The laissez-faire style can be beneficial when the group is comprised of highly qualified and intrinsically motivated experts who are already deeply committed to the mission. However, elsewhere, it tends to result in a loss of productivity and motivation.

Transformational Leadership Style

Like the democratic leadership style, the transformational style is considered to be highly effective. Like the laissez-faire style, it encourages employees to exercise their own autonomy. Unlike the laissez-faire style; however, transformational leadership also engenders accountability and individual ownership.

The transformational leader establishes a central mission and vision for the organization, and inspires others to wholeheartedly commit to the cause. In part, the transformational leader motivates others by setting a strong, positive example, developing a highly supportive company culture and encouraging employees to take ownership in their work and to see their roles as meaningful. Companies led by transformational leaders tend to embrace innovation and change, proactively get in front of industry trends and inspire creative thinking.

Which of These Leadership Styles Is Best Suited to You?

Which leadership style is the best one over all else? Actually, there isn’t a universally ideal leadership style. A transformational leadership style might work wonders at one organization, but prove less effective at another, for example.

Instead of thinking in terms of, “Which leadership style is best?” consider which leadership style is best suited to you and to your organization. Authenticity is important. If you are a democratic leader at heart, then trying to become a laissez-faire leader will be disingenuous at best.

Since there is no universal answer, you’ll need to figure out which style best suits you, your personality and your situation. Reflect upon the following:

  • What type of person are you? Take some time for an honest self-assessment. Do you prefer to give orders or to collaborate with others? Or perhaps your personality fits somewhere in-between?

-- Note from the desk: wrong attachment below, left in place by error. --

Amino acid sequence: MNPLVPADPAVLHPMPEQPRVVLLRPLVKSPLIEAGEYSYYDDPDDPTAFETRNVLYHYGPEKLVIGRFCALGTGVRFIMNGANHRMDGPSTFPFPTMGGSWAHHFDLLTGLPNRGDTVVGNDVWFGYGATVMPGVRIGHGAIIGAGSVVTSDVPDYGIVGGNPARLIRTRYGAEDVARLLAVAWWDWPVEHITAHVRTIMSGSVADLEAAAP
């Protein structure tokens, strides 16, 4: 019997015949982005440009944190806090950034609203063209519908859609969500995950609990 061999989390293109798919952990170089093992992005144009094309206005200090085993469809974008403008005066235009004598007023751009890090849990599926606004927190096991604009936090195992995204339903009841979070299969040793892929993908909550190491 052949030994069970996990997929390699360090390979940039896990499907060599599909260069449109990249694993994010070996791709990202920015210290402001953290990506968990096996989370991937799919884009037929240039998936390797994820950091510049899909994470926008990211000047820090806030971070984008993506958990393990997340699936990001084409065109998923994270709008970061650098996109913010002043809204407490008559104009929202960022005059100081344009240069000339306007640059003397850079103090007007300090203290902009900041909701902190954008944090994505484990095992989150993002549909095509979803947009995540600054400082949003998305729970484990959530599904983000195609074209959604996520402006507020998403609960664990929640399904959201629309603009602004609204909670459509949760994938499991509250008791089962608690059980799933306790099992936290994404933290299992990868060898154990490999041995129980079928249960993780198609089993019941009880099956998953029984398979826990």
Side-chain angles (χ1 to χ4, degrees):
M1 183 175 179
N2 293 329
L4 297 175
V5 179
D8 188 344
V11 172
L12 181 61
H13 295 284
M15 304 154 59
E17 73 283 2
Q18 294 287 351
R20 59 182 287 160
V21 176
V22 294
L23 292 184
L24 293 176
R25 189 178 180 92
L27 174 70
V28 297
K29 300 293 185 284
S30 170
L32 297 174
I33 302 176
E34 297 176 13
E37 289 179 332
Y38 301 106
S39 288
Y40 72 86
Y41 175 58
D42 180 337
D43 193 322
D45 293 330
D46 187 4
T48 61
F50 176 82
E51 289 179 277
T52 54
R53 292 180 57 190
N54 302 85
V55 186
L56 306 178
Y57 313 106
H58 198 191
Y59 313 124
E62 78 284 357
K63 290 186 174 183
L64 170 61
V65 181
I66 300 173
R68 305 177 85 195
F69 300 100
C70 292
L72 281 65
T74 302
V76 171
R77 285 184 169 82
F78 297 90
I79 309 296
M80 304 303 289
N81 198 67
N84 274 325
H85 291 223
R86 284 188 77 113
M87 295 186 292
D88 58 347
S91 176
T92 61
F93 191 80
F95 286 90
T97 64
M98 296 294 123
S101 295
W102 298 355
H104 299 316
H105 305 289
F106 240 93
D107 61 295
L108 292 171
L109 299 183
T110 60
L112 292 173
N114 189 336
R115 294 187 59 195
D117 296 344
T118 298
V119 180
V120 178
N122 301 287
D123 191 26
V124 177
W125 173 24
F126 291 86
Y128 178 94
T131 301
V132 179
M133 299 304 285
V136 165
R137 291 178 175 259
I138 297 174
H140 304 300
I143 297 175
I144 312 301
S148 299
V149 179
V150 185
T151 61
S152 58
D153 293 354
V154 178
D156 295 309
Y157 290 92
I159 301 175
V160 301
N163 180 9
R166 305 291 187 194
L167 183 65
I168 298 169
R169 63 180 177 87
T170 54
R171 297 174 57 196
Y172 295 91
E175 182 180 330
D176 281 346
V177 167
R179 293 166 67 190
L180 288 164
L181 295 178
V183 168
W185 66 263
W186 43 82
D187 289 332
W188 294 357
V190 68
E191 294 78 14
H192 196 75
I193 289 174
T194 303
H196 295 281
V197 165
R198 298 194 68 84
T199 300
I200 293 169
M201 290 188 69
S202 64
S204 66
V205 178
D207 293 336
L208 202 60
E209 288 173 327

• What type of people are your employees? Some employees might respond with enthusiasm to an authoritative style, preferring to simply be told what to do and get the job done. Others may not thrive in this environment; they prefer collaboration and opportunities to exercise autonomy in the workplace. Often, a leader must adapt their style to suit different employees.

Earn Your Master of Science in Leadership Degree

Whichever type of leadership style most appeals to you, learning the basic framework of leadership in business can’t be accomplished by simply reading a blog. In order to enhance your career qualifications and pursue your climb up the corporate ladder (or prepare to start your own company), may need to think about going back to school for your master’s degree.

A Master of Science in Leadership (MSL) degree or a Master of Business Administration (MBA) could give you the tools and credentials needed to pursue your dream job. Earning your graduate degree in a business field will give you invaluable opportunities to network with your peers. You just might find your future business partner among your classmates.

At Grand Canyon University (GCU), you can prepare to take the next step in your career, whether you’re a future entrepreneur or you aspire to ascend to the C-suite at a major corporation. In addition to our many Master of Business Administration degree options, the entrepreneurial Colangelo College of Business is pleased to offer the Master of Science in Leadership degree. Graduates will emerge with advanced competencies in leadership and with a well-defined sense of their own authentic leadership style. 

Click on the button above to request information on our MSL degree program.


Approved with changes by full-time faculty for the Colangelo College of Business on Feb. 9, 2023.

The views and opinions expressed in this article are those of the author’s and do not necessarily reflect the official policy or position of Grand Canyon University. Any sources cited were accurate as of the publish date.